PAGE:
Something I have heard often is that Manning's issues were a direct result of his much publicized quad issue. Granted, his play dropped off even more following the injury, but he was regressing prior to suffering the injury. During the first seven games of the season, Manning completed 174-of-252 passes (69 completion percentage), for 2,134 yards (304.8 YPG), and 22 touchdowns, against only 3 interceptions.
Over the next 6 games, prior to suffering his quad injury, Manning completed 158-of-244 passes (64.75 completion percentage), for 1,776 yards (296 YPG), and 14 touchdowns, against 8 interceptions--a six-game stretch where Manning had a -4.8 grade in the passing gaming according to Pro Football Focus. Manning suffered the quad injury against the Chargers, and in the four games following (including the Charger game), he completed 89-of-147 passes (60.5 completion percentage), for 1,028 yards (257 YPG), and 4 touchdowns, against 4 interceptions.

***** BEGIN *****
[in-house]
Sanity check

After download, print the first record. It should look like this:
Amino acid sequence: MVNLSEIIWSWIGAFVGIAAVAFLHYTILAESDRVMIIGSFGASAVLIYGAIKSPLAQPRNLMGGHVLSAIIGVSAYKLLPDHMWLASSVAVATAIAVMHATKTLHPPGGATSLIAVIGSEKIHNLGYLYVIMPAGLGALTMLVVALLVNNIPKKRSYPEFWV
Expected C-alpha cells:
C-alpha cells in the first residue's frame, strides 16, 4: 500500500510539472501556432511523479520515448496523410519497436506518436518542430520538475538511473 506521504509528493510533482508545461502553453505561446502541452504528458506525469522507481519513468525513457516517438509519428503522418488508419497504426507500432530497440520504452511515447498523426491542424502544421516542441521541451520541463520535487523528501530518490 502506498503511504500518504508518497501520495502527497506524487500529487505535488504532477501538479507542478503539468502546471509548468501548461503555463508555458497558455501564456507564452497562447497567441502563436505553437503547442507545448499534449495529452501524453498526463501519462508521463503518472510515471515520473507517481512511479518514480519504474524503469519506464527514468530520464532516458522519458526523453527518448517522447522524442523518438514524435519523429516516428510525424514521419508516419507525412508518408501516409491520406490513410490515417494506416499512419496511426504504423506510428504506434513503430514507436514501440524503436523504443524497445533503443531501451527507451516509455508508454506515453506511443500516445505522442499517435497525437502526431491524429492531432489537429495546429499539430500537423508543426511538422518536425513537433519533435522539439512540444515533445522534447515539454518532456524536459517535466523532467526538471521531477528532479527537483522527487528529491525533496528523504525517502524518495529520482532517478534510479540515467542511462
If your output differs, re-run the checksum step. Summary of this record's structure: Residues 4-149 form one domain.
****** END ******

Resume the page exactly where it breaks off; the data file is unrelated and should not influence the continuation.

While Manning's performance dropped off tremendously following his injury, it is important to note that his performance had already diminished prior to his quad injury, as evidenced by his numbers, as well as his PFF rating.
What does this all mean for Peyton Manning and his contract situation, of which he has two years remaining at $38M, with $5M in pro-rated signing bonuses, and a cap hit each year of $21.5M? By comparison, Tom Brady signed a 5-year deal in 2013 with the New England Patriots worth $70.6M, with a cap hit no larger than $15M for a season.